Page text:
3. Now, since you are doing this democratically, and their day also involves you, make a section for the things that you need to do that they can’t do with you. Things like, “Make a phone call, Take a shower, Nurse the baby, Pay the bills…” you know, adulting stuff.
  4. At this point you have two lists with some things you are doing together and some things you will do separately. Match up the things you need to get done with the things they can do independently. Discuss anything that isn’t a good fit for the day, but make a plan for when they might be possible in the future. If you don’t have ice cream, put it on the shopping list and plan to have it for desert after a healthy dinner soon. If they have trouble turning off video games once they get started, plan to do that activity at the end of the day and make an agreement about how long to play them.
  5. Finally write numbers next to each item to pick the order in which you will do them. If you want to take a shower first, then write “1” next to the activity they will do while you do that. As you go through the day you can use the preplanned sequence to prompt moving on to the next thing. Your little one will have things to look forward to doing with you and will have had a say in what and when they do things independently. You can also make a section for notes about what to do differently the next day, or what to save for later.

Some kids are quite flexible and easily adjust to changes that will have to be made to the plan while others will have a hard time. Some will hold their caretakers to the agreement as if it was signed in blood under a full moon! But these are useful teaching moments. You made the plan together and you can discuss changing it together. You will gain more trust, respect, and empathy for each other as you go!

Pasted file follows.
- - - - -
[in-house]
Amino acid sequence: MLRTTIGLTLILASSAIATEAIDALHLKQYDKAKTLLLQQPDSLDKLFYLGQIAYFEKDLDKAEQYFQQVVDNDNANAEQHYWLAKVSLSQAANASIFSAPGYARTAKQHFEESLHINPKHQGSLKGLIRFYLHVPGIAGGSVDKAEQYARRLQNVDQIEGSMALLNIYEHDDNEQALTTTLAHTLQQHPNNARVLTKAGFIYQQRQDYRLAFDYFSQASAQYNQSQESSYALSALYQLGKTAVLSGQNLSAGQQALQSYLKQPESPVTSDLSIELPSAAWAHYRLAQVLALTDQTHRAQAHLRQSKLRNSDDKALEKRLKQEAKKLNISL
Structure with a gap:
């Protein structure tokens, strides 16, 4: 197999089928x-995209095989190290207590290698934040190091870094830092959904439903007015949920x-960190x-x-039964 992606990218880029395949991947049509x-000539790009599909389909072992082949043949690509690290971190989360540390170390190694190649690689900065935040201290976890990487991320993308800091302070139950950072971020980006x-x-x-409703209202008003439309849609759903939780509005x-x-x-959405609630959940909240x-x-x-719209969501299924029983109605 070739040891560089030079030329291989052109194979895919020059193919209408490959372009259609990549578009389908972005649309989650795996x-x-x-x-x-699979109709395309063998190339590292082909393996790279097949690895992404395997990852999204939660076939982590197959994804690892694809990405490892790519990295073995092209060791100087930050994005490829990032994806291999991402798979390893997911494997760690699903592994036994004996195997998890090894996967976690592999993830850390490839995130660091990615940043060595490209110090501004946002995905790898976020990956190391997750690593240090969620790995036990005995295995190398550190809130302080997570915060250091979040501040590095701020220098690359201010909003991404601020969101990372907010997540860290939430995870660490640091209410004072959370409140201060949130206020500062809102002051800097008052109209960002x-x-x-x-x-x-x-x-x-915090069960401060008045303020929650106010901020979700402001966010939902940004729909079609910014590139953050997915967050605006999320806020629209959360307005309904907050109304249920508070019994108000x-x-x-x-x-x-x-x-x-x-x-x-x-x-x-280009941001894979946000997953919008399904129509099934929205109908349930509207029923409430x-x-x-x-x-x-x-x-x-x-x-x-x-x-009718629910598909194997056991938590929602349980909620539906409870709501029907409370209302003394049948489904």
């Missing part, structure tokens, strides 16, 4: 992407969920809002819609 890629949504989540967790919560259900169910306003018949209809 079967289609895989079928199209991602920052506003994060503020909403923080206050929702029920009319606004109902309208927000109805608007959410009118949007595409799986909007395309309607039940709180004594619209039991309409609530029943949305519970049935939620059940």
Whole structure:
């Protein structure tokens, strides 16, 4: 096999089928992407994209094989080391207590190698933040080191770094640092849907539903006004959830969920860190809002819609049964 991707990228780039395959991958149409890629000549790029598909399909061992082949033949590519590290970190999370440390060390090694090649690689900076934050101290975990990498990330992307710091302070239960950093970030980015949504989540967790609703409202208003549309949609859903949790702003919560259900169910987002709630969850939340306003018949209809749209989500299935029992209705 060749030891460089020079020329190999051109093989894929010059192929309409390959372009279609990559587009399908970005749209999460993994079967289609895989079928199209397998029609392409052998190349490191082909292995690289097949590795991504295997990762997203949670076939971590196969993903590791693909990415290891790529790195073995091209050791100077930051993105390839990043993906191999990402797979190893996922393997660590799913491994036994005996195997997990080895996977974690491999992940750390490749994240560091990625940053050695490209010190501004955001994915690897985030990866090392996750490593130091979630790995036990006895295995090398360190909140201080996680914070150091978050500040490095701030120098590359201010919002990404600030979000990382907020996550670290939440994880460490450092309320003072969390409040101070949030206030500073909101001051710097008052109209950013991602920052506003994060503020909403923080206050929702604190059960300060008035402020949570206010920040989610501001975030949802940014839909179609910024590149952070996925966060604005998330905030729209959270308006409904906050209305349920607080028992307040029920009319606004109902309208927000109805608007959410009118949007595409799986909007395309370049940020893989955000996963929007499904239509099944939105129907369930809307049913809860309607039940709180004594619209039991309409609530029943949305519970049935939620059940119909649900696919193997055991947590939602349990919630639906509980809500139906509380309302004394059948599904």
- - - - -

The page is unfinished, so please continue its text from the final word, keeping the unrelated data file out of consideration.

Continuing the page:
Look for as many opportunities as possible to turn tasks throughout the day into “with’s.” If you find your little one frustrated by how many hours you are spending breastfeeding the new baby, create a robust list of activities you can do with one hand that you both look forward to. If the housework has piled up, ask for their input on how to get on top of it. Here are a few resources to throw into the mix:

  • Turn on an episode of Cosmic Kids Yoga for your little one while you do your own yoga or stretches alongside.
  • Learn a new language together on Duolingo.
  • Find a show you can watch together – there’s a lot of quality kids programs that aren’t mind-numbing, and anyway, if it’s not good for you it’s probably not good for them either. Try Tumble Leaf on Amazon Prime Video, or Sarah and Duck on YouTube!
  • If your little one loves to be read to, but you find yourself nodding off after two or three pages, Scholastic has your back. They created a whole series of classic picture books read aloud by talented voice actors with amazing musical soundtracks. Check your library for DVD copies. You can find digital copies online, but availability goes in and out.

Most of all, have fun and have fun together!